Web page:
i particularly enjoy this post and agree with everything in it on a theoretical/rational level. putting lima into action is much harder though, especially considering i am unable to have a clean slate with my dog as impatience would get the better of me and i would react negatively to certain behaviors i find irritating. this said, do you think slightly compromised relationships can be mended and become as good as relationships that started out with lima in the first place??

    • Monica, thank you for the kind remarks and I’m glad you are enjoying the blog.

      I must admit that your question stopped me in my tracks. What a great question. Certainly I think slightly compromised and even very compromised relationship can be mended. Our dogs are amazingly forgiving. But I don’t know about the second part of the question: whether they can become as good as relationships that started out with lima (Least Invasive Minimally Aversive) in the first place. Certainly it depends in part on the dog.

      I was thinking about your question and gazing at Summer, my crossover dog last night. She trusts me actually more than Zani, who I trained very differently from the start. And even though I was the one doing aversive stuff to her (Summer), back in the old days, it feels from my end like a journey we made together. There may actually be a special bond with one’s crossover dog. And I know how incredibly happy she was as my methods changed for the better.

      You may have prompted a whole post from me, Monica. In the meantime, I hope that you can accept that you are human and we humans just do get impatient and irritated. I think I can safely say your dog, like mine, appreciates every step you take in the LIMA direction, clean slate or not.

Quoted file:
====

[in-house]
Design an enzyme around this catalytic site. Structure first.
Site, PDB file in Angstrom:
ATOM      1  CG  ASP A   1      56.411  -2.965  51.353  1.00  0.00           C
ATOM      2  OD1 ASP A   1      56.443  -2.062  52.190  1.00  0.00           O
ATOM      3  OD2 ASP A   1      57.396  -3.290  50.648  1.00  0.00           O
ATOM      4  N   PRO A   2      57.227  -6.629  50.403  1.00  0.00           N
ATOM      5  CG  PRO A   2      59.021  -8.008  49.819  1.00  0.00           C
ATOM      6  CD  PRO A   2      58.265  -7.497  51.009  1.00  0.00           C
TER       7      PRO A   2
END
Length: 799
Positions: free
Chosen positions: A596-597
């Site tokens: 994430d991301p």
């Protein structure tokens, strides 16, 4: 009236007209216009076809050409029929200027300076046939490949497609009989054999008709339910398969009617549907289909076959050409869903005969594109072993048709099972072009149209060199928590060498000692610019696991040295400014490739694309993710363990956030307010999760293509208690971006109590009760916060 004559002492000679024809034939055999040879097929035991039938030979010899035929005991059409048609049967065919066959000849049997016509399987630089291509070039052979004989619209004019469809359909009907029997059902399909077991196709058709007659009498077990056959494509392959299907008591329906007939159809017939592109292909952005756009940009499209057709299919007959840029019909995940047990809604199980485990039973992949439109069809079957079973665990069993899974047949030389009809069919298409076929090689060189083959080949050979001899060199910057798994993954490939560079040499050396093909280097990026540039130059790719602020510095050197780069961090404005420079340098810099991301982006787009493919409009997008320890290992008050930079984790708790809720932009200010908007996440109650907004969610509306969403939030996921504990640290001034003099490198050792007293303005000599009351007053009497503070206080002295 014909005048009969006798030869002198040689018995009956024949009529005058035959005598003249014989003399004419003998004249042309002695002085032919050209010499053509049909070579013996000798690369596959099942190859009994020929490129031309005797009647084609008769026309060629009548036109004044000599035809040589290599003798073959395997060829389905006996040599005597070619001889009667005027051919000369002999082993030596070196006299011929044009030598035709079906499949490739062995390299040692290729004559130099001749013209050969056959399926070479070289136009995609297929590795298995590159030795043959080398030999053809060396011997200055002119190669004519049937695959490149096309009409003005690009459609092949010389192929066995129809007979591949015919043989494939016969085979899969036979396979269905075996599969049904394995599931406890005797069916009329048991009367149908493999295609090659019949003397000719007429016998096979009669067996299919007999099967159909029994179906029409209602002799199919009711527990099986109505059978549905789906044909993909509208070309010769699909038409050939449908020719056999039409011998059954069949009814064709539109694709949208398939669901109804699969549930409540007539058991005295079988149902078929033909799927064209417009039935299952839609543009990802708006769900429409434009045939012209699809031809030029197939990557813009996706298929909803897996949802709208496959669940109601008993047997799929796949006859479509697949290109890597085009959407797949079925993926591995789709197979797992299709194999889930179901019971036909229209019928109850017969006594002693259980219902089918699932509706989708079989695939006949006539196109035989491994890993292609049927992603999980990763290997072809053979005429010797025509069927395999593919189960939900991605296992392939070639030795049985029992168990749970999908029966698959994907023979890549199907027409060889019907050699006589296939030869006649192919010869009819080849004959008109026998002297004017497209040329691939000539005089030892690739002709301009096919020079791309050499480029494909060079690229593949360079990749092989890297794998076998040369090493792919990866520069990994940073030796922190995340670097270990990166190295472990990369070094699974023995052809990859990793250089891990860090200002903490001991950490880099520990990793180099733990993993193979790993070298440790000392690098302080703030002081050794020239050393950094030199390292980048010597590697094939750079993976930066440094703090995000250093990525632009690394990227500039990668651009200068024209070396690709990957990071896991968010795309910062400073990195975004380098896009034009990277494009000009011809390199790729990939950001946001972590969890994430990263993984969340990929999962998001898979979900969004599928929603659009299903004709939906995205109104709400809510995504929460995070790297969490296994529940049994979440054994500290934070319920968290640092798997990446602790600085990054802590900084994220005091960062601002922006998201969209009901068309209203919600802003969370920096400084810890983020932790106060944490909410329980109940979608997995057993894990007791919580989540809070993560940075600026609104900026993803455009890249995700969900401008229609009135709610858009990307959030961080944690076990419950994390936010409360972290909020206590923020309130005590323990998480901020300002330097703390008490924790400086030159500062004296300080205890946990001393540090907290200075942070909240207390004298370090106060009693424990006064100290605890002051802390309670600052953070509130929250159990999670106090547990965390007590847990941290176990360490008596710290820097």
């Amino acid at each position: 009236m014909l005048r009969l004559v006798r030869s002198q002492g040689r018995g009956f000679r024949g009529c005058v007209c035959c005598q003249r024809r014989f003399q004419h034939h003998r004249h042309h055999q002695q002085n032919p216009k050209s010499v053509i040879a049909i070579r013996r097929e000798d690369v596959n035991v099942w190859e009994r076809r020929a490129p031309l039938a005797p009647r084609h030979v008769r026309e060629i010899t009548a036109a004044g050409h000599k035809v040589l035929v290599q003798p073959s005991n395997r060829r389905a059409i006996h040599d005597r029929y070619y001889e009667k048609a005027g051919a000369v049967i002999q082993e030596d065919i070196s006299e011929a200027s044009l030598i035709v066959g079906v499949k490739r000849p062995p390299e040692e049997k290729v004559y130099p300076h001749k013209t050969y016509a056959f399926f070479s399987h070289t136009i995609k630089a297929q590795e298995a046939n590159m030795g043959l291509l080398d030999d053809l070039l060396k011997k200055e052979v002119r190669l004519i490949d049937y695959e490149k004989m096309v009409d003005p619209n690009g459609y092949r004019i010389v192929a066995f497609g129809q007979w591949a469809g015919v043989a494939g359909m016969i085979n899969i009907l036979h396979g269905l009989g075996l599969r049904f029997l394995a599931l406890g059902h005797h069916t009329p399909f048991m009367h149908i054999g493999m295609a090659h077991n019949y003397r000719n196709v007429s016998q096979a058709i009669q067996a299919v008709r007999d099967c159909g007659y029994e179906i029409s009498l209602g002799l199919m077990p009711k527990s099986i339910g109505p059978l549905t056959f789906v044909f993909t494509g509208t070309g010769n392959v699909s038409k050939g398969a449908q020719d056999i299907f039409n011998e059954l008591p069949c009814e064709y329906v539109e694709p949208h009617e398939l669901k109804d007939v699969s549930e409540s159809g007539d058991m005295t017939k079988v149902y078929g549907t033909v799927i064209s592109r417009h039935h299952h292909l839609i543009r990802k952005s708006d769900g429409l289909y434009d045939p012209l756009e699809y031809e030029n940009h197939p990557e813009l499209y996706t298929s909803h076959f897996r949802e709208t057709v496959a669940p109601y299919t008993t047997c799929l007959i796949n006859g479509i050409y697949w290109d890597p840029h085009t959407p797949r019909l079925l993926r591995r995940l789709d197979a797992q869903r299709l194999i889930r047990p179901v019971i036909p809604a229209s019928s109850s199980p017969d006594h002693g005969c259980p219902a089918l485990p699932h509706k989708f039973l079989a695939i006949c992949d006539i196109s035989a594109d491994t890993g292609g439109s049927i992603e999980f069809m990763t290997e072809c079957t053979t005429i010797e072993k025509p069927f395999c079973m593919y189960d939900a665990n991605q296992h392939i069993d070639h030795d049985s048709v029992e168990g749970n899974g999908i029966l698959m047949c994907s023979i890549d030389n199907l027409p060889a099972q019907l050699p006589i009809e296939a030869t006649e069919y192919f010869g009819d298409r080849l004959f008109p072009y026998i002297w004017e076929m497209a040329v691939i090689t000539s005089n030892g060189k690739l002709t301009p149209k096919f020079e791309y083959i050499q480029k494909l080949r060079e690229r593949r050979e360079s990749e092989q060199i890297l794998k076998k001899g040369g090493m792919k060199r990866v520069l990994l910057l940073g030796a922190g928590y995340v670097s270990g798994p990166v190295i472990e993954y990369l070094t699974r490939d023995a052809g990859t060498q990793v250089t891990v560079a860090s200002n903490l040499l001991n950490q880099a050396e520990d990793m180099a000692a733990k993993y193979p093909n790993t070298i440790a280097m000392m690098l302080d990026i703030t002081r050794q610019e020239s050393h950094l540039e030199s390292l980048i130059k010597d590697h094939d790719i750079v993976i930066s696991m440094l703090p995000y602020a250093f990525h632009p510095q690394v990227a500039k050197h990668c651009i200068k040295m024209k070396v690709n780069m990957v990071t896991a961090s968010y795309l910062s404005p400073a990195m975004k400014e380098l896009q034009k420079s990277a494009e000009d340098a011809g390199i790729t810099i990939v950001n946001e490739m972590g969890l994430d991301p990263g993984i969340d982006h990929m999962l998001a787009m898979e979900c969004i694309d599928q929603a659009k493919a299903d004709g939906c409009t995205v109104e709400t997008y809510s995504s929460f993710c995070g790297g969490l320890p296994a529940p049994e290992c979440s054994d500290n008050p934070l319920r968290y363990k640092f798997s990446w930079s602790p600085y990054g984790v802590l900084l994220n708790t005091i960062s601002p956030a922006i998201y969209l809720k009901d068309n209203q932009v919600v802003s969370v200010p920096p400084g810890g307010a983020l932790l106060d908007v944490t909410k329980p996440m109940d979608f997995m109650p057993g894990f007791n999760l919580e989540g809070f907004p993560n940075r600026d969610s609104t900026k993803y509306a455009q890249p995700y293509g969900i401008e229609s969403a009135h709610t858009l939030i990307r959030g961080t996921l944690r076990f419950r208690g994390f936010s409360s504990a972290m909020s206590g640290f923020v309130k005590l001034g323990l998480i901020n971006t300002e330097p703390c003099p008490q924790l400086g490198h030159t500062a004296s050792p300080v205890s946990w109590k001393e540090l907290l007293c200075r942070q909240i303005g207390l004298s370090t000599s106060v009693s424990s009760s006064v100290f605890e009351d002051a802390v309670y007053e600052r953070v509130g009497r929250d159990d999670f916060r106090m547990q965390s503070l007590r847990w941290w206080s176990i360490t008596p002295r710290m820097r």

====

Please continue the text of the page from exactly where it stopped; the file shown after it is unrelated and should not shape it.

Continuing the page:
9. Well said! Those using punishment can dole it out but not take it!

  10. Teresa says:

    All the dogs I’ve ever had, all rescue dogs & some more beaten & broken down than others have responded so well to love.
    I’ve always been able to get them to do as I ask for a big hug & lots of love. Some take longer than others to understand what you would like them to do.
    I would never use brute force to further break any of them. As long as their behaviour isn’t dangerous to them or others I’m happy to let them take their time & develop their own personalities. I think anyone who forces a dog to behave in their way will end up with a miserable, brow beaten dog, give me a dog with character & happiness in it’s heart.

  11. Katie says:

    These people don’t want dogs. They want machines. I want a happy, confident dog that isn’t afraid to try new things. I want her offering all kinds of behaviours when I’m with her.
    I don’t want my computer to start opening programs at random, though, because I have no relationship with it. Watching it try opening and closing random programs until it found the one I wanted wouldn’t bring me any joy- just relief when it finally got it right and I did what I wanted it to do and nothing else. I imagine this is how a lot of those people feel. Not everybody, but a distinct subset.